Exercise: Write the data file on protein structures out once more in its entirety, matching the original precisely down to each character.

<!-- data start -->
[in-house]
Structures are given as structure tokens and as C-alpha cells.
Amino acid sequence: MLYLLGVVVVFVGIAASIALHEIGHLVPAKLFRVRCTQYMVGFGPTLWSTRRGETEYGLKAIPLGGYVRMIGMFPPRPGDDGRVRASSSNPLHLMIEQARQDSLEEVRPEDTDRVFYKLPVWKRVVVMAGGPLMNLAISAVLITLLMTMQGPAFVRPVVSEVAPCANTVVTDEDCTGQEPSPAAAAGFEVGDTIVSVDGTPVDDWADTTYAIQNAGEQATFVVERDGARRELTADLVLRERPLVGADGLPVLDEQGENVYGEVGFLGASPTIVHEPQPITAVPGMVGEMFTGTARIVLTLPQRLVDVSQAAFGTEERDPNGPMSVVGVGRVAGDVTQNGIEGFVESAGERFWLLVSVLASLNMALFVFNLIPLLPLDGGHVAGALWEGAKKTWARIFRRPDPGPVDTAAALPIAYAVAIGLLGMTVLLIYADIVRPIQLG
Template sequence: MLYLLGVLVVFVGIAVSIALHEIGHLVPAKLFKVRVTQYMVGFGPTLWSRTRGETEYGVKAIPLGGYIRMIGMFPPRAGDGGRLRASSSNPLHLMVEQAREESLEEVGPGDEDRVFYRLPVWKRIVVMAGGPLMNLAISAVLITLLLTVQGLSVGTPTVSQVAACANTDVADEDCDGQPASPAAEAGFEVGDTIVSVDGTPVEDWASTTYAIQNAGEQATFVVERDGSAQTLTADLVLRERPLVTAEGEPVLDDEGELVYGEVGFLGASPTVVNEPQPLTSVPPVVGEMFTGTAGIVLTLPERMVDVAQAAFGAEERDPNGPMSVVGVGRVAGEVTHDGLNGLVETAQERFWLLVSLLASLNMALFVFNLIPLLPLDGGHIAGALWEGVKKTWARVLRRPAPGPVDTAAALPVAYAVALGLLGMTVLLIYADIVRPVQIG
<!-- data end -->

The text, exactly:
[in-house]
Structures are given as structure tokens and as C-alpha cells.
Amino acid sequence: MLYLLGVVVVFVGIAASIALHEIGHLVPAKLFRVRCTQYMVGFGPTLWSTRRGETEYGLKAIPLGGYVRMIGMFPPRPGDDGRVRASSSNPLHLMIEQARQDSLEEVRPEDTDRVFYKLPVWKRVVVMAGGPLMNLAISAVLITLLMTMQGPAFVRPVVSEVAPCANTVVTDEDCTGQEPSPAAAAGFEVGDTIVSVDGTPVDDWADTTYAIQNAGEQATFVVERDGARRELTADLVLRERPLVGADGLPVLDEQGENVYGEVGFLGASPTIVHEPQPITAVPGMVGEMFTGTARIVLTLPQRLVDVSQAAFGTEERDPNGPMSVVGVGRVAGDVTQNGIEGFVESAGERFWLLVSVLASLNMALFVFNLIPLLPLDGGHVAGALWEGAKKTWARIFRRPDPGPVDTAAALPIAYAVAIGLLGMTVLLIYADIVRPIQLG
Template sequence: MLYLLGVLVVFVGIAVSIALHEIGHLVPAKLFKVRVTQYMVGFGPTLWSRTRGETEYGVKAIPLGGYIRMIGMFPPRAGDGGRLRASSSNPLHLMVEQAREESLEEVGPGDEDRVFYRLPVWKRIVVMAGGPLMNLAISAVLITLLLTVQGLSVGTPTVSQVAACANTDVADEDCDGQPASPAAEAGFEVGDTIVSVDGTPVEDWASTTYAIQNAGEQATFVVERDGSAQTLTADLVLRERPLVTAEGEPVLDDEGELVYGEVGFLGASPTVVNEPQPLTSVPPVVGEMFTGTAGIVLTLPERMVDVAQAAFGAEERDPNGPMSVVGVGRVAGEVTHDGLNGLVETAQERFWLLVSLLASLNMALFVFNLIPLLPLDGGHIAGALWEGVKKTWARVLRRPAPGPVDTAAALPVAYAVALGLLGMTVLLIYADIVRPVQIG